WM Plant Hire has revealed the firm’s range of specialist long reach excavators have proved ‘invaluable’ for numerous projects in Scotland over the past 12 months.
The company’s fleet ranges from 8m to 30m, with the firm’s flagship considered the longest in the UK.
The long reach diggers have proved particularly effective in sites constrained in terms of access or environmental restrictions, with zero-tail swing, low ground pressure and even a ‘walking’ or ‘spider’ excavator with flotation tyres.
WM Plant Hire added that the latest CASE and CAT technology ‘ensures high efficiency and low emissions’, contributing towards customer targets of net zero carbon.
The company recently supplied five CASE CX210 long reach machines to assist UB Civils with Phase 2 of the Inverness Airport drainage works.
WM Plant Hire has also worked throughout the year with RJ McLeod, assisting in the delivery of the Tarbert Ferry Terminal by supplying various machines to suit different phases. In January 2021 the existing car parking and marshalling area was extended to accommodate more vehicles, which required the bay to be dredged to accommodate 80,000t of rock infill from a nearby quarry. Once the infill had been placed, WM Plant Hire was mobilised to complete the rock armour works on the slopes of the infill, placing 15,000t of secondary and primary rock armour. A CAT 340 with 22m reach successfully completed the rock armour from the pre-formed infill platform which sat above the high tide level, forming the rock armour to its designed shape using the design models and GPS capability built into the excavator. Depending on reach requirements, as the project progressed, various long reach machines were brought in at later stages, including the 68-tonne CAT machine with a reach of 25.5m to carry out rock placement between existing structures.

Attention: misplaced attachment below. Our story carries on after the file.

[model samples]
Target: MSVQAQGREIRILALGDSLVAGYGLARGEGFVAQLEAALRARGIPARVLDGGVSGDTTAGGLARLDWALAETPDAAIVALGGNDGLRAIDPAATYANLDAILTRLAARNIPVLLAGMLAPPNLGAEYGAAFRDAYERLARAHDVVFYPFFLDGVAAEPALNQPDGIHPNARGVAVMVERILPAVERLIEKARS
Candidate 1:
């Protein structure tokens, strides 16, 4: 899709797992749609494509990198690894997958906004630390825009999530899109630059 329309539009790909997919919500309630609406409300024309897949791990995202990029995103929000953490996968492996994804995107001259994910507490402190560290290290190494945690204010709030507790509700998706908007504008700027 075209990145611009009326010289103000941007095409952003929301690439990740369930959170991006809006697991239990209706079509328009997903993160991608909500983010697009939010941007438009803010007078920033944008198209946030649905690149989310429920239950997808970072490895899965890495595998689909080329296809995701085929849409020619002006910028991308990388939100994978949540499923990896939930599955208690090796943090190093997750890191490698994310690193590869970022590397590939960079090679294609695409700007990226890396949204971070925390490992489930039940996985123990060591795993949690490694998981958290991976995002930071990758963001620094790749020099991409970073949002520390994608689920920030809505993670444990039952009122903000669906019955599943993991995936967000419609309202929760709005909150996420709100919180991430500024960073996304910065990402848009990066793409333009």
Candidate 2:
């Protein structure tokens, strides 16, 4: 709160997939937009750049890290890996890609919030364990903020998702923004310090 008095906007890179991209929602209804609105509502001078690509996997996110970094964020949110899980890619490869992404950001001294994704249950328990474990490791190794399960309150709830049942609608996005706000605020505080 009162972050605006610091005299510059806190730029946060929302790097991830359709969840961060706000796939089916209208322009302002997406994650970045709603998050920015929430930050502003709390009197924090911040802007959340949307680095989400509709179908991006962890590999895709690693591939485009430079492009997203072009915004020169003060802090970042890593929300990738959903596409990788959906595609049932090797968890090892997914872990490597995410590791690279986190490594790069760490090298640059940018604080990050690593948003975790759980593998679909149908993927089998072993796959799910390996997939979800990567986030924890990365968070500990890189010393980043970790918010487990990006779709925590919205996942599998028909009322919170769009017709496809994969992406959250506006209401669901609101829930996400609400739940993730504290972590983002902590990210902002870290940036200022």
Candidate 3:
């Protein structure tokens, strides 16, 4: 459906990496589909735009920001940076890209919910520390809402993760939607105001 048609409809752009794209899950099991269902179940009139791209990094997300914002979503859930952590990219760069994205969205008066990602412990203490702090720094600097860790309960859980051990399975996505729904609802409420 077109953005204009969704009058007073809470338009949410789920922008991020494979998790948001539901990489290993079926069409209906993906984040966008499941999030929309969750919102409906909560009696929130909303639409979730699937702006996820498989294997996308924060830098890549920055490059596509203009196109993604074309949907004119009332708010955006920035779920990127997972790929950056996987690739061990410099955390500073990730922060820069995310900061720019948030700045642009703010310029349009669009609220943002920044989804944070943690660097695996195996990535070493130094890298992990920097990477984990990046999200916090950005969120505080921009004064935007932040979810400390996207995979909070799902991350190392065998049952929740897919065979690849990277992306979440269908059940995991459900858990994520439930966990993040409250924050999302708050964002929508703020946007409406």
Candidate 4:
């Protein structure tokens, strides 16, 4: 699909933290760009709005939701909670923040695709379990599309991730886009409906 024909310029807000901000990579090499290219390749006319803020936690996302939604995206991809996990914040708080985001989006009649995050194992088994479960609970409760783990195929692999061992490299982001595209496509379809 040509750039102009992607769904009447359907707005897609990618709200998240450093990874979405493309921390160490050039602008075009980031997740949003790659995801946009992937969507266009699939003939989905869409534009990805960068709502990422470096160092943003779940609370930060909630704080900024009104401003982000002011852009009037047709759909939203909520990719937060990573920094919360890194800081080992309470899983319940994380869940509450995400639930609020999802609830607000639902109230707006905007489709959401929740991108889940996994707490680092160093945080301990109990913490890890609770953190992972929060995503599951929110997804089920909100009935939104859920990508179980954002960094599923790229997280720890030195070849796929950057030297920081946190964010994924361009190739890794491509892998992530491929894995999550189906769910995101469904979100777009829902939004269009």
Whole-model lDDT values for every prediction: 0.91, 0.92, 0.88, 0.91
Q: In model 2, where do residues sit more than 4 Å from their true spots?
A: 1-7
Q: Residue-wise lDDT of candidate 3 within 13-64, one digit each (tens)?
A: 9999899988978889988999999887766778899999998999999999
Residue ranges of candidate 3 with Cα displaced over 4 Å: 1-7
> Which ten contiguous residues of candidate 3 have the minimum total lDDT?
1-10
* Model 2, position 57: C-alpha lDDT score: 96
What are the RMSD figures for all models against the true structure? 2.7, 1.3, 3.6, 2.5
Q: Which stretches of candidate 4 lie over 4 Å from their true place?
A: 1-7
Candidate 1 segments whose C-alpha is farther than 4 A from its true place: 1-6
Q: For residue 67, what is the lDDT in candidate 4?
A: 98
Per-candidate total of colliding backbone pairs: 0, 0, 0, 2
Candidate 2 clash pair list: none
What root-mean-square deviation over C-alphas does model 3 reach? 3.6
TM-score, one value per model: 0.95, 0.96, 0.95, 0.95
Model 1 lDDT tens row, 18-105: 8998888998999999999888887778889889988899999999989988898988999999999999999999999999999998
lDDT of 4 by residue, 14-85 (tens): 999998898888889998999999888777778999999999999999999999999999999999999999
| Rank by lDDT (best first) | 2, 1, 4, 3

A project on the redevelopment of St Ola Pier at Scrabster used a 65-tonne CAT long reach to carry out the 4,000m3 of rock armour placement. Working through the challenging winter snowfalls, the 24m long reach was set up with GPS capability to ensure accuracy underwater.
“The benefit of using WM Plant for rock armour works is the quality of plant and operators they supply, plus the technical back up regards engineering to ensure the GPS model works throughout the period the machine is on site,” said RJ McLeod agent Sean Melville.
Heavier rock armour between six and ten tonnes was placed for an offshore energy project on the east coast at Carnoustie using a 100-tonne CAT 385 with a 17m reach configuration for power together with the 60-tonne CAT 352 long reach on the cable trench excavation.